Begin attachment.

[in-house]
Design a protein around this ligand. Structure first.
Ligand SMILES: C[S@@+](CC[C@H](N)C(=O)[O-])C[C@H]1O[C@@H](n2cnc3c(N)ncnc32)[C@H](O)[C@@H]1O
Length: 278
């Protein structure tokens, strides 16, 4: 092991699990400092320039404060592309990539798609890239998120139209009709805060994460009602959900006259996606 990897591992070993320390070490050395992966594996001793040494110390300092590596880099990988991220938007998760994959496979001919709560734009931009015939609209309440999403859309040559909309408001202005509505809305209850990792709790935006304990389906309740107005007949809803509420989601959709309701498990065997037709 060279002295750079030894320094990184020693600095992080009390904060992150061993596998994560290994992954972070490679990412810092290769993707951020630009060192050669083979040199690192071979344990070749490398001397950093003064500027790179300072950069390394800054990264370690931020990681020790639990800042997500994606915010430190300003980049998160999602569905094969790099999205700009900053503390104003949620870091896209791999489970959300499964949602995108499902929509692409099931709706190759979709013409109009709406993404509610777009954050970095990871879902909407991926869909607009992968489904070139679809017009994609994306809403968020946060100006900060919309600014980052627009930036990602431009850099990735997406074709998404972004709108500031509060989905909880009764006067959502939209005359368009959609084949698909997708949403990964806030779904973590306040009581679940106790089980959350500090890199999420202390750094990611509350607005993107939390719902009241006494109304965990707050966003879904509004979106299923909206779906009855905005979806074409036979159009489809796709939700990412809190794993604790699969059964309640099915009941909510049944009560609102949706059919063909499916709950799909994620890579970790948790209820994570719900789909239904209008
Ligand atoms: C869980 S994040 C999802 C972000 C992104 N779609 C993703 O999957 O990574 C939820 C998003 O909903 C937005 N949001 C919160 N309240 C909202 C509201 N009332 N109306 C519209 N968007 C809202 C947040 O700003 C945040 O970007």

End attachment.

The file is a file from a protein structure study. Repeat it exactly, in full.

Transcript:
[in-house]
Design a protein around this ligand. Structure first.
Ligand SMILES: C[S@@+](CC[C@H](N)C(=O)[O-])C[C@H]1O[C@@H](n2cnc3c(N)ncnc32)[C@H](O)[C@@H]1O
Length: 278
């Protein structure tokens, strides 16, 4: 092991699990400092320039404060592309990539798609890239998120139209009709805060994460009602959900006259996606 990897591992070993320390070490050395992966594996001793040494110390300092590596880099990988991220938007998760994959496979001919709560734009931009015939609209309440999403859309040559909309408001202005509505809305209850990792709790935006304990389906309740107005007949809803509420989601959709309701498990065997037709 060279002295750079030894320094990184020693600095992080009390904060992150061993596998994560290994992954972070490679990412810092290769993707951020630009060192050669083979040199690192071979344990070749490398001397950093003064500027790179300072950069390394800054990264370690931020990681020790639990800042997500994606915010430190300003980049998160999602569905094969790099999205700009900053503390104003949620870091896209791999489970959300499964949602995108499902929509692409099931709706190759979709013409109009709406993404509610777009954050970095990871879902909407991926869909607009992968489904070139679809017009994609994306809403968020946060100006900060919309600014980052627009930036990602431009850099990735997406074709998404972004709108500031509060989905909880009764006067959502939209005359368009959609084949698909997708949403990964806030779904973590306040009581679940106790089980959350500090890199999420202390750094990611509350607005993107939390719902009241006494109304965990707050966003879904509004979106299923909206779906009855905005979806074409036979159009489809796709939700990412809190794993604790699969059964309640099915009941909510049944009560609102949706059919063909499916709950799909994620890579970790948790209820994570719900789909239904209008
Ligand atoms: C869980 S994040 C999802 C972000 C992104 N779609 C993703 O999957 O990574 C939820 C998003 O909903 C937005 N949001 C919160 N309240 C909202 C509201 N009332 N109306 C519209 N968007 C809202 C947040 O700003 C945040 O970007």